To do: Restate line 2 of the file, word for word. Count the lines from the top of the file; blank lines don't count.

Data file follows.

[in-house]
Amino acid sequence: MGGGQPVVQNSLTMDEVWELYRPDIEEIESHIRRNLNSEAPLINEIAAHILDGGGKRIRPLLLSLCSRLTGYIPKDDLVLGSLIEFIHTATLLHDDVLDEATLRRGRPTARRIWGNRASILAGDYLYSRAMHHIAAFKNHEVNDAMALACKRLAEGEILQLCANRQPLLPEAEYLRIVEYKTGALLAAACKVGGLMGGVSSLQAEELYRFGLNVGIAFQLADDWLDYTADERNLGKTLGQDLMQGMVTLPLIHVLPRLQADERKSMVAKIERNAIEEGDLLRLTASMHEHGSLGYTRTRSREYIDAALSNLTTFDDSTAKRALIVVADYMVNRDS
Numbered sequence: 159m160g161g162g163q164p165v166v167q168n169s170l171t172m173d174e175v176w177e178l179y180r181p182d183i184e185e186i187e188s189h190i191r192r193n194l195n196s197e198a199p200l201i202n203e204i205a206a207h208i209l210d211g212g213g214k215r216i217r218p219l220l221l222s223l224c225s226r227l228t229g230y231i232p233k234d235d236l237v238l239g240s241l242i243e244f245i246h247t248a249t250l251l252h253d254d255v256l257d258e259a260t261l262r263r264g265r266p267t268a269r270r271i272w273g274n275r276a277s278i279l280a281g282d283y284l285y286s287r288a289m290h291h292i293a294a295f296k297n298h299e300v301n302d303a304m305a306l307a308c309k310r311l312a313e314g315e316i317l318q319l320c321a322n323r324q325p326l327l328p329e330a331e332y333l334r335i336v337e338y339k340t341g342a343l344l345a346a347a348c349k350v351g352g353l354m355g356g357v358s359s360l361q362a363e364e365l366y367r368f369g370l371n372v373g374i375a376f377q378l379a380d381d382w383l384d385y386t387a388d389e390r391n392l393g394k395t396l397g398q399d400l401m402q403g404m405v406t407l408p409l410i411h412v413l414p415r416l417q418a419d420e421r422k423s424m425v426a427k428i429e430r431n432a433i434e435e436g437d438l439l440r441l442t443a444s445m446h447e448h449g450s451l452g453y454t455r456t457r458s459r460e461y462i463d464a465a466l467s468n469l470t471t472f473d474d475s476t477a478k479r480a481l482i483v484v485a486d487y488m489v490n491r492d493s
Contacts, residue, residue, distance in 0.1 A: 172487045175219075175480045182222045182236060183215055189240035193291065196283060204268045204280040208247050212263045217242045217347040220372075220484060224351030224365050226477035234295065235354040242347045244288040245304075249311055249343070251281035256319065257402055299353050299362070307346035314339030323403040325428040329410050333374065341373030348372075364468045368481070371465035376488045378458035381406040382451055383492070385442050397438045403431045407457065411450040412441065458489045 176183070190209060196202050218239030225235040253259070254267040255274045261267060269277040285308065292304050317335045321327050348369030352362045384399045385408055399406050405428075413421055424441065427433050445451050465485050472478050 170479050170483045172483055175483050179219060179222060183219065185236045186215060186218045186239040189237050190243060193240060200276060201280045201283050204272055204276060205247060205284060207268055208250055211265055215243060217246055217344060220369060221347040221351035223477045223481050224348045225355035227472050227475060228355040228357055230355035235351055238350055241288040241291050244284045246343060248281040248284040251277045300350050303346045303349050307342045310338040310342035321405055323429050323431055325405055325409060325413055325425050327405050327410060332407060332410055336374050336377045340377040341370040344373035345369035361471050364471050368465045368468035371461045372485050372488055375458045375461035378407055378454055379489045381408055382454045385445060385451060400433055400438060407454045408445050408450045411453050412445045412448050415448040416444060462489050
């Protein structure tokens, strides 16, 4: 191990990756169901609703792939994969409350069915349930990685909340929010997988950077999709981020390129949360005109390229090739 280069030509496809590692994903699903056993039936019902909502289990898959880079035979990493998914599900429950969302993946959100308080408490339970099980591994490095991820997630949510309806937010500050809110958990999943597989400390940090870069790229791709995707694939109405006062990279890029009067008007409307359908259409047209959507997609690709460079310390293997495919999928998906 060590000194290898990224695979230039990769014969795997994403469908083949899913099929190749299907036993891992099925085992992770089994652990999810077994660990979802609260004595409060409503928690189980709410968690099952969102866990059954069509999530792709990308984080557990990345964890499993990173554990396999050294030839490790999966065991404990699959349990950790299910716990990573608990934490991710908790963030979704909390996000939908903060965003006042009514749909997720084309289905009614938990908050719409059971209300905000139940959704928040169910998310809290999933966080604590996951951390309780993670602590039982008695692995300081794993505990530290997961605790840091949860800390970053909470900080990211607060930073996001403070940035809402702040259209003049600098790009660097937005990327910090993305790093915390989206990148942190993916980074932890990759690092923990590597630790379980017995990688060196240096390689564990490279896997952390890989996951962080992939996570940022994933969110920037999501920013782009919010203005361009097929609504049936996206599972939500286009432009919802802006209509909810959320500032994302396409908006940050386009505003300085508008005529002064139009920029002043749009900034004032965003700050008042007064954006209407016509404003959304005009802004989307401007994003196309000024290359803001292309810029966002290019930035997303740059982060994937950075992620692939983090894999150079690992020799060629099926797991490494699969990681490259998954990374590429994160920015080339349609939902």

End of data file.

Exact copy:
Amino acid sequence: MGGGQPVVQNSLTMDEVWELYRPDIEEIESHIRRNLNSEAPLINEIAAHILDGGGKRIRPLLLSLCSRLTGYIPKDDLVLGSLIEFIHTATLLHDDVLDEATLRRGRPTARRIWGNRASILAGDYLYSRAMHHIAAFKNHEVNDAMALACKRLAEGEILQLCANRQPLLPEAEYLRIVEYKTGALLAAACKVGGLMGGVSSLQAEELYRFGLNVGIAFQLADDWLDYTADERNLGKTLGQDLMQGMVTLPLIHVLPRLQADERKSMVAKIERNAIEEGDLLRLTASMHEHGSLGYTRTRSREYIDAALSNLTTFDDSTAKRALIVVADYMVNRDS